Service and hardware costs snag Wimax rollouts

Helen Nierinck/Analysis
10 Apr 2008

The Wimax Forum and equipment vendors are promoting the application of Wimax for a variety of fixed and mobile applications in developed and developing countries. They suggest that recent announcements of intended Wimax deployments are early signs of the technology's mainstream global deployment. In reality, Wimax will face intense competition in developed markets from rapidly evolving fixed and cellular services, while growth of Wimax services in developing markets will be slowed by limited disposable income and the popularity of cellular services. There may be very few cases in which Wimax has a secure long-term business case.

The outlook for Wimax looked brighter at the beginning of 2007 after major US carrier Sprint Nextel had selected Wimax as its 4G platform in August 2006. The carrier subsequently announced a major partnership with Clearwire in July 2007, which would provide coverage to more than 100 million customers in the US by the end of 2008.

Unfortunately, Sprint Nextel started to have problems with its investors and its CEO stepped down in October 2007 and, by November 2007, the partnership with Clearwire had fallen apart. Sprint Nextel continues to insist that it is committed to Wimax, but there is speculation that it will sell its Wimax division.

Despite this setback, operators continue to embark upon new Wimax trials in the US and elsewhere in the world and have launched deployments and commercial services in several continents.

Some mobile operators may consider early deployment of Wimax to avert the risk of network congestion because of fears that Long Term Evolution (LTE) will take too long to arrive. Wimax also retains the support of several major vendors including Intel, Motorola and Samsung. Other vendors have yet to commit to a single technology and continue to develop and supply several including high-speed packet access, Wimax and LTE.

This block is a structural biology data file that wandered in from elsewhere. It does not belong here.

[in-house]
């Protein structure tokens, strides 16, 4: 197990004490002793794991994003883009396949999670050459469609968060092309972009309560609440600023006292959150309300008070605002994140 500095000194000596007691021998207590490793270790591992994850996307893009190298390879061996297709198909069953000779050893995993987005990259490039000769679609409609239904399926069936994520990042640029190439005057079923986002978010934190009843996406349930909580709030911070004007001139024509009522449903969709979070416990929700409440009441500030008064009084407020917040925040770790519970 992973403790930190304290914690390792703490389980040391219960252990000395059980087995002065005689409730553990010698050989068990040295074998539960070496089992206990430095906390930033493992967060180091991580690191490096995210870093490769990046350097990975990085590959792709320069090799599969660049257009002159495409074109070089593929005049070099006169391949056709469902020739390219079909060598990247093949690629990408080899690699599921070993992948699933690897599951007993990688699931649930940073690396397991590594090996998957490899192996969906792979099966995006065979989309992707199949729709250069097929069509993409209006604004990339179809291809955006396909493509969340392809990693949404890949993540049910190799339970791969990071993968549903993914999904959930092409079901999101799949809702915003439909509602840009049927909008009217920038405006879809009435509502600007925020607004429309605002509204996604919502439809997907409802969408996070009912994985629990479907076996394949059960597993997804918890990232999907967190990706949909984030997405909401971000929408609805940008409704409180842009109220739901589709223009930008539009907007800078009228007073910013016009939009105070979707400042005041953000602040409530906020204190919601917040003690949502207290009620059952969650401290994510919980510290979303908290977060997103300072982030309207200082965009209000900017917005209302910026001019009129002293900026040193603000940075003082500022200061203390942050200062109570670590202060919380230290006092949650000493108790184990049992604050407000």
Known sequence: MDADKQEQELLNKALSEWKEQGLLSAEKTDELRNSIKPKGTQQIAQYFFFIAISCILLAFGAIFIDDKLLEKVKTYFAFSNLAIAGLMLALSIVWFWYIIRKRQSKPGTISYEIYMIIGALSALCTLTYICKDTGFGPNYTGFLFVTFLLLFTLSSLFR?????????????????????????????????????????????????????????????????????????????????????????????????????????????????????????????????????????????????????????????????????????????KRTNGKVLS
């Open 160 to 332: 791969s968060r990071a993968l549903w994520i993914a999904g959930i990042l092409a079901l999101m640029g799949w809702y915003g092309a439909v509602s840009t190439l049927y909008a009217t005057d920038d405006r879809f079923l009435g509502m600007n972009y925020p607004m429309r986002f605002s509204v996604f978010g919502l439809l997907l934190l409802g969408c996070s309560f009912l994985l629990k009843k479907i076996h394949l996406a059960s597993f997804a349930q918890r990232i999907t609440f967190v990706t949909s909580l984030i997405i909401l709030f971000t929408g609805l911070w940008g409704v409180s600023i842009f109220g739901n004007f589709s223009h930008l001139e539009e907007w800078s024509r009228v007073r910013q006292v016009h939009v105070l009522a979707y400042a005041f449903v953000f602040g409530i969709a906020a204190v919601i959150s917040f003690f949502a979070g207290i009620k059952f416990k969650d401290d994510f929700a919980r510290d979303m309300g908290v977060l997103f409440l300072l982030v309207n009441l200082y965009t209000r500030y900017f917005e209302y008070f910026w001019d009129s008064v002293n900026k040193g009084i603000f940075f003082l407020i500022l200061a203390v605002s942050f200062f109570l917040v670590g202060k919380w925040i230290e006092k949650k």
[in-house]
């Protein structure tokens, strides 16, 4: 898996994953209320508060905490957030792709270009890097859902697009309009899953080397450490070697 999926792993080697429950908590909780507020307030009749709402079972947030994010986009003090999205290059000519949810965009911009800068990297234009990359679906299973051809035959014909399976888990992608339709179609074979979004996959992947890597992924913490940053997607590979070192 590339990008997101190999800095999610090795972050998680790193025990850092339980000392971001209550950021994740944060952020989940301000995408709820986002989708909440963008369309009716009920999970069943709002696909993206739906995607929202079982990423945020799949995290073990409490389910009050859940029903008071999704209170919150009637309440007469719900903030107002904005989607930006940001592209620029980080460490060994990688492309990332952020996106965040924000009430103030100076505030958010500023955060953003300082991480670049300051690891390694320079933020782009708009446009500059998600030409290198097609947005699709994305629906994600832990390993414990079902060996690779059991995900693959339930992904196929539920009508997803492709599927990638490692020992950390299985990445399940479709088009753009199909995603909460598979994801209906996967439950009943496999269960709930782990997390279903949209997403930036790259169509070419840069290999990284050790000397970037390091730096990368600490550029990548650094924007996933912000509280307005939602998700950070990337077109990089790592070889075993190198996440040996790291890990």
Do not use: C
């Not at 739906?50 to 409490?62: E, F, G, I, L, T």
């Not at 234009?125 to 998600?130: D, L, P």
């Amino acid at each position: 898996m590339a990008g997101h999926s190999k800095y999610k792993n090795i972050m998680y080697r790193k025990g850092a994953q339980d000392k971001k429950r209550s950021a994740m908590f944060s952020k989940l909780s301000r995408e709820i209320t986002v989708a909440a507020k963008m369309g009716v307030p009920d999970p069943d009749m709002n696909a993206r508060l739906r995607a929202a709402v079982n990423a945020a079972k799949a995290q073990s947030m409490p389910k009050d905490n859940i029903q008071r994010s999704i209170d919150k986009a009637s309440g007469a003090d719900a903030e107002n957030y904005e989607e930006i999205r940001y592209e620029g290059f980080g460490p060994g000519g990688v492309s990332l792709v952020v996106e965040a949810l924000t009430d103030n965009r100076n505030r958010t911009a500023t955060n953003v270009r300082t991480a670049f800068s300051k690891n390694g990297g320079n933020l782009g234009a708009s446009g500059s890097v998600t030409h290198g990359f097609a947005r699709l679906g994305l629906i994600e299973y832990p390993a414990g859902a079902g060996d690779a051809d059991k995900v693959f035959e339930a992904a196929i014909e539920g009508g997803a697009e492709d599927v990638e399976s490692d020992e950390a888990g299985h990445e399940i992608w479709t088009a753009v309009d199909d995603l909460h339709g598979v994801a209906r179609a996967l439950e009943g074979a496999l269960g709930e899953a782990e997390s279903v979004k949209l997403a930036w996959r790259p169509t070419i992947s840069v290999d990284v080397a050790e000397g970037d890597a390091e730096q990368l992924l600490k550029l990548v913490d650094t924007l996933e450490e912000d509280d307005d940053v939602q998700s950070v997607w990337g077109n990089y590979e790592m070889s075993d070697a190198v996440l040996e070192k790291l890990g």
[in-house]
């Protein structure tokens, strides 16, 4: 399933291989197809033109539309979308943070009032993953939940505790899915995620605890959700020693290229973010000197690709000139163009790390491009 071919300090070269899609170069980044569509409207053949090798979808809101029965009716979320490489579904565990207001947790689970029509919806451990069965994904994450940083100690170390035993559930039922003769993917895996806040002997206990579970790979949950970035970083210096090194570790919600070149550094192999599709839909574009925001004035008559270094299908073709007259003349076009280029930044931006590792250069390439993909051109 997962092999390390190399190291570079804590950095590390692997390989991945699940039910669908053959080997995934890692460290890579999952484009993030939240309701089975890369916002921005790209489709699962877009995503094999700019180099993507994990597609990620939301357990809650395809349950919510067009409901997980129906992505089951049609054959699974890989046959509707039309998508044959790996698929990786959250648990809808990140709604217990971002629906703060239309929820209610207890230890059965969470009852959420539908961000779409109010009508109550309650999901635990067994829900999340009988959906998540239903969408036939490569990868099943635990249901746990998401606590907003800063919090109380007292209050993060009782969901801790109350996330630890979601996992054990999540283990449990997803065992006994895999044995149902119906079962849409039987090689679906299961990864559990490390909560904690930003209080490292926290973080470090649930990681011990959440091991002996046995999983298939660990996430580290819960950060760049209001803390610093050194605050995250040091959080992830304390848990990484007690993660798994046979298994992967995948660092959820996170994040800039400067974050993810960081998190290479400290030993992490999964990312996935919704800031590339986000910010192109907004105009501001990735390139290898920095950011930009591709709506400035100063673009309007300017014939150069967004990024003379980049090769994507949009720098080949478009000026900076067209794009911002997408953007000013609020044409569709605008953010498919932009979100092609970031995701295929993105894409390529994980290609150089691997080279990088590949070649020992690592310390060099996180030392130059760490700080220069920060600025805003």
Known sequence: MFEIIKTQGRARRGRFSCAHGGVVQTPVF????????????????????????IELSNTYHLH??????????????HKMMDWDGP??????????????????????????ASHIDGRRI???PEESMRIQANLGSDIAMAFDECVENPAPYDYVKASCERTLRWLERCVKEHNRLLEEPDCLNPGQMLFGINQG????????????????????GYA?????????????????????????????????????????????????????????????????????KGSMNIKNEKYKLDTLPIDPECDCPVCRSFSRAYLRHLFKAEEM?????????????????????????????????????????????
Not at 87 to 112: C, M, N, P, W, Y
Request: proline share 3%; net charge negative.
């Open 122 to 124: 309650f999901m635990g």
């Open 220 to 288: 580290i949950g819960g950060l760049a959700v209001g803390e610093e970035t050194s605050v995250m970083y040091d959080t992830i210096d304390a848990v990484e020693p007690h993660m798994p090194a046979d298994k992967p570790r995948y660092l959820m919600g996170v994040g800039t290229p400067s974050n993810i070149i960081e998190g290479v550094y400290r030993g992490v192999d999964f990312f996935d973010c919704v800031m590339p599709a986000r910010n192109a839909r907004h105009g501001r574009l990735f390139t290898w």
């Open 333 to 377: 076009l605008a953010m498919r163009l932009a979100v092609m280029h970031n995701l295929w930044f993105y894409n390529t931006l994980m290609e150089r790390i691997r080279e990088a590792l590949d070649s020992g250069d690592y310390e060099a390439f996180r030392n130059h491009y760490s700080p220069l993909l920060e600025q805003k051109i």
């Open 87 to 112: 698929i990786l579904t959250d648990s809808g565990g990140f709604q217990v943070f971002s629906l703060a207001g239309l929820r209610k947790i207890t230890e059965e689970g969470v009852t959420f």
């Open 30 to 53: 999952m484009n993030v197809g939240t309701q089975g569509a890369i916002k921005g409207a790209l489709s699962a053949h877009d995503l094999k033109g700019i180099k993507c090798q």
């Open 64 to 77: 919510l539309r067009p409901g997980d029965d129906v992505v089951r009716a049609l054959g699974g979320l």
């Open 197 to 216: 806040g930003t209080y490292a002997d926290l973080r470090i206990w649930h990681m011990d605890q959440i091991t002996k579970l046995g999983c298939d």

The willingness of regulators to make spectrum available for Wimax continues to be paramount to its success. The spectrum licensing process varies between countries as do the terms and conditions of concessions awarded to operators. Wimax has failed to gain a significant foothold in some countries because of the lack of available spectrum, but several auctions are scheduled for 2008.

Early business cases from the Wimax community show attractive potential returns from a variety of business environments including urban, suburban and rural areas in developed and developing markets. However, these optimistic estimates ignore the major problem of competition from DSL services. Operators will find it difficult to achieve a significant share of a market that is served by a host of DSL service providers - many of which will have established businesses and major brands.

In addition, fierce price competition will make it difficult to achieve adequate ARPU and could undermine the business case. Therefore, the most obvious opportunities for Wimax may be in areas that have neither an established DSL service nor copper networks that DSL could exploit. But even in these circumstances, other factors such as limited disposable income, competition from cellular services and the relatively high cost of Wimax customer-provided equipment could be barriers to the success of Wimax.

Developing countries are often cited as the prime opportunity for Wimax networks because they lack a viable fixed network alternative. Wimax operators might be able to seize control of these countries' broadband markets, but the low level of disposable income and demand for voice services will limit their growth rate and revenue potential.

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